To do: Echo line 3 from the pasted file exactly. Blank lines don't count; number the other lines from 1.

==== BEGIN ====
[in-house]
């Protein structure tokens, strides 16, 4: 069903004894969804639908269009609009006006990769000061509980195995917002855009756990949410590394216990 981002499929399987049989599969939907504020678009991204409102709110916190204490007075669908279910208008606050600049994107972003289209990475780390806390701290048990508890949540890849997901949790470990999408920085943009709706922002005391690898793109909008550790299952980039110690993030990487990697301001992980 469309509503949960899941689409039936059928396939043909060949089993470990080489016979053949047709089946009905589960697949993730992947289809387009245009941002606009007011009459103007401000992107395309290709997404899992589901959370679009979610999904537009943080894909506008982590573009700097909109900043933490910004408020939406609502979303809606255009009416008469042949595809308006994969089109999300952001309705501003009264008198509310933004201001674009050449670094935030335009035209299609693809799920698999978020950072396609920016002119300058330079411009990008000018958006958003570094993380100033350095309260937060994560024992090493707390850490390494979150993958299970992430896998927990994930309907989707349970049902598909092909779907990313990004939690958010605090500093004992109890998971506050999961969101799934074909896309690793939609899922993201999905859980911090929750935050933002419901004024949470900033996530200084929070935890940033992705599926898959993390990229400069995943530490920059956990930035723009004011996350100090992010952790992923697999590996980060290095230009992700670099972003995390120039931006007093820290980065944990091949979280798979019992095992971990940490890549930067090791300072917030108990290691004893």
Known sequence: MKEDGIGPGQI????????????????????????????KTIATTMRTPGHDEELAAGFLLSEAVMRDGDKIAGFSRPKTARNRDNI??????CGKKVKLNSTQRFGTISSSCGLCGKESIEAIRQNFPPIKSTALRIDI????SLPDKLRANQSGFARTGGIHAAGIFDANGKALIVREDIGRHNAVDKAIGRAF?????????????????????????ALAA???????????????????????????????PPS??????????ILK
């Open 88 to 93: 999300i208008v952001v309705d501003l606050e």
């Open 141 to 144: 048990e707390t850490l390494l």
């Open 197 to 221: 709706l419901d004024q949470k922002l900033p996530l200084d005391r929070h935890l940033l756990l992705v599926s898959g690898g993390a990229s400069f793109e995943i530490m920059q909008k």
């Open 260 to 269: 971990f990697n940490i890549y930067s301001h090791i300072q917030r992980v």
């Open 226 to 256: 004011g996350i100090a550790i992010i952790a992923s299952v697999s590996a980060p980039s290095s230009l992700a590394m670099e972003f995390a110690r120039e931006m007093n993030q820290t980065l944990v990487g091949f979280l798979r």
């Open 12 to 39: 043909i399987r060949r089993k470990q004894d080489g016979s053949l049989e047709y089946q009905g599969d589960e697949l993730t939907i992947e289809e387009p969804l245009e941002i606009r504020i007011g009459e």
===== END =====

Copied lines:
Known sequence: MKEDGIGPGQI????????????????????????????KTIATTMRTPGHDEELAAGFLLSEAVMRDGDKIAGFSRPKTARNRDNI??????CGKKVKLNSTQRFGTISSSCGLCGKESIEAIRQNFPPIKSTALRIDI????SLPDKLRANQSGFARTGGIHAAGIFDANGKALIVREDIGRHNAVDKAIGRAF?????????????????????????ALAA???????????????????????????????PPS??????????ILK